Wickes is looking to new younger customers who rent their homes to help fill the gap left by the fading pandemic home improvement boom.

The retailer is the latest DIY firm to reveal slumping profits. The group, which also trades as a builders’ merchant, posted a 38.4 per cent drop in pre-tax profits to £40.3 million for 2022 and cautioned that sales have also started 2023 on the back foot.

On an underlying basis, pre-tax profits dropped 11.3% to £75.4m.

However, David Wood, Wickes chief executive, said in an interview with Reuters that “people that don’t own their homes are actually improving the home that they rent and live in, and we’re doing really well here as 18 to 35-year-olds are our fast growing cohort of customers”.

The company, which has sites across Scotland including in Glasgow and Edinburgh, said: “We launched our Wickes eBay store during the year with 4,000 lines, extending our customer reach to a younger audience.

“We are currently looking at opportunities with marketplace platforms, including eBay, to extend our range accessibility to a wider audience of home improvers.

“We also now offer Klarna as an online payment solution.”

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Mr Wood pointed to the firm notching up record revenues of £1.6 billion, up 1.8% on 2021, but saw its core like-for-like sales ease back 2%, with the group suffering steep declines at the start of the year as trade eased back from the surging demand seen during the pandemic.

Wickes added that core sales in the first 11 weeks of 2023 remained “moderately behind” a year ago as DIY demand continues to “normalise”.

It comes after rival, B&Q owner Kingfisher revealed earlier this week that annual profits fell by more than a fifth and warned it expects an even steeper decline in 2023.

The sector has seen profits plummet from their pandemic highs when people stuck at home were investing in their living spaces, while costs have also eaten into bottom line earnings.

Wickes said 2022 “proved to be a challenging year for the market, driven by well-documented challenges facing the consumer”.

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“The need to combat rising inflation has seen UK and global interest rates rise and, as a result, house price inflation and transaction volumes are now starting to moderate,” it said.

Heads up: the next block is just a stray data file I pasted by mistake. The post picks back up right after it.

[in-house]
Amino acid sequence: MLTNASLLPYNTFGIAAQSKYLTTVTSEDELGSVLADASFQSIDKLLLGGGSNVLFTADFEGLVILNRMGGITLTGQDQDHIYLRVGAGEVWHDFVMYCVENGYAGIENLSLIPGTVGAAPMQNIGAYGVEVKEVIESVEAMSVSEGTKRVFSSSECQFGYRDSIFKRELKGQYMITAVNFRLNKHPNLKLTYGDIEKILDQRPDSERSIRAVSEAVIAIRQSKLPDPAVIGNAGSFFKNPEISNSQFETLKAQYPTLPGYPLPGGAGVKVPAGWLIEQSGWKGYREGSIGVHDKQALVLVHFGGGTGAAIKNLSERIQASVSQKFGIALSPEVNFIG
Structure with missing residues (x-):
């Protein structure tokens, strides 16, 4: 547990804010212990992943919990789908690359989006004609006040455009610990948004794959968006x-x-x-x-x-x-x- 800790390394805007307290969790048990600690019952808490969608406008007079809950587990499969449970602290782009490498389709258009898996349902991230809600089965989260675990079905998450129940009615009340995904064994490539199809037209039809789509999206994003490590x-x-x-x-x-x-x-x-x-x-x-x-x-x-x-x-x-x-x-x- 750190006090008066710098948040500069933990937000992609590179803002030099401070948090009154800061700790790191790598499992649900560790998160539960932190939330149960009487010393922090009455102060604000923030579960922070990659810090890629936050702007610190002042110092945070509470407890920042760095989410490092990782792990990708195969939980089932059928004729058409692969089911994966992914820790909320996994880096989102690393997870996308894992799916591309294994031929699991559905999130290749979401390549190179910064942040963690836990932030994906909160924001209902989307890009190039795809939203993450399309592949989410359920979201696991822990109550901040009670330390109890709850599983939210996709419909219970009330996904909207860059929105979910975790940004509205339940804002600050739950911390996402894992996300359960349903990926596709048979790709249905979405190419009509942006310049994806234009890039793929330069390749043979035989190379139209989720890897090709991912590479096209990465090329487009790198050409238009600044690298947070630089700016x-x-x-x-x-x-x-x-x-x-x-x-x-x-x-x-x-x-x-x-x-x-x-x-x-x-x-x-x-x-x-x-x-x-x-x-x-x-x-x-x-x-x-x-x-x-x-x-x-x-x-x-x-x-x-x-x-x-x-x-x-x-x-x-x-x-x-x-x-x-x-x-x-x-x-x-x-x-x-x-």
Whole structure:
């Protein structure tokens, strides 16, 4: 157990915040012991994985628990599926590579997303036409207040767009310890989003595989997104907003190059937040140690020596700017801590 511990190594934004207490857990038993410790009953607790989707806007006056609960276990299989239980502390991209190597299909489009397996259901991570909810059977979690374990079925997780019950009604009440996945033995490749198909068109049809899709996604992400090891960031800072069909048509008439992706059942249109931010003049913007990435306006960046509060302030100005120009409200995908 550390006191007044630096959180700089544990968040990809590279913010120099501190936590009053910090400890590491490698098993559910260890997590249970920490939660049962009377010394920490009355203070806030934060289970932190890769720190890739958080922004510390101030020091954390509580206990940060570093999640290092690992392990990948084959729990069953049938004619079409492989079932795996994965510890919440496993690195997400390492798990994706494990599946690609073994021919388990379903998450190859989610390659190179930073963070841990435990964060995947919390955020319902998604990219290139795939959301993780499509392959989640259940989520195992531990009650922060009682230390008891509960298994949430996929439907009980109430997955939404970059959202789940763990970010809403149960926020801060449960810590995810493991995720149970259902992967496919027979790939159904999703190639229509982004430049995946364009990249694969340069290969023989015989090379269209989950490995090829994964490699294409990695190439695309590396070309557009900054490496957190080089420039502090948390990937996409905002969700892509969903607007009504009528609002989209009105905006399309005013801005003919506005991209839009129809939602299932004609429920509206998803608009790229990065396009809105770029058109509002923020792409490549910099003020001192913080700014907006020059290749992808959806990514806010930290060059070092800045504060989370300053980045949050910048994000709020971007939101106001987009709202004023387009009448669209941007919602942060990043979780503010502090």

It said it expects the “softer economic environment” to continue throughout 2023.

Mr Wood also said: “Like all businesses we remain watchful of the external consumer environment.

“However, we have the right strategy and a compelling offer for customers, and look to the future with confidence.”

Wickes also believes the sector is still a “large and attractive market”, boosted by households looking to boost energy efficiency of their properties, as well as hybrid working increasing time spent at home.

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Wickes had seen sales rebound at the end of last year as homeowners rushed to buy energy-savings products, such as loft insulation and draught excluders, to help cut heating and power bills.

“Many businesses have retained hybrid working practices, increasing time spent at home, fuelling further desire for homeowners and tenants to invest in their properties,” the firm said.

“Despite the unwinding of Covid influences we have continued to grow the proportion of our digitally-enabled sales on a year-on-year basis.

“We completed a number of enhancements to our digital capabilities in the year, including greater use of push messaging, personalisation and targeted campaigns across our digital channels.

“Underpinned by our predictive Missions Motivation Engine, which is generating identifiable incremental sales, we have also stepped up the digital experience for our trade customers, increasing the levels of engagement throughout the project journey.”

However, it said it was forced to put up prices by 13% in 2022 - 15% in the first half and 10% in the final six months - as timber and cement costs in particular soared.

It has seen material prices rise more slowly recently thanks to falls in the cost of timber, with inflation easing back to 9% in the three months to the end of December.

Wholesale energy prices are also falling, but it still expects its gas and electricity bill to be around £10m higher in 2023, including costs from switching to fully renewable energy, and is putting in place cost-saving plans to offset the rise.

Neil Shah, executive director at Edison Group, said: “The company has achieved record sales for 2022, benefiting from being a strong market leader while maintaining its class-service to customers across the UK.

“The market during 2022 proved to be challenging for many companies, seen through the macroeconomics and high inflation. Despite the weaker economy Wickes have proved to come out stronger from this, as they are able to maintain a structure that enables them to excel through market challenges.

“The company has proved they are able to navigate tough markets, and if continued throughout the following year, shall remain as successful or more in the following year to come.” Shares in Wickes closed down 2.3p, or 1.59%, at 142.7p.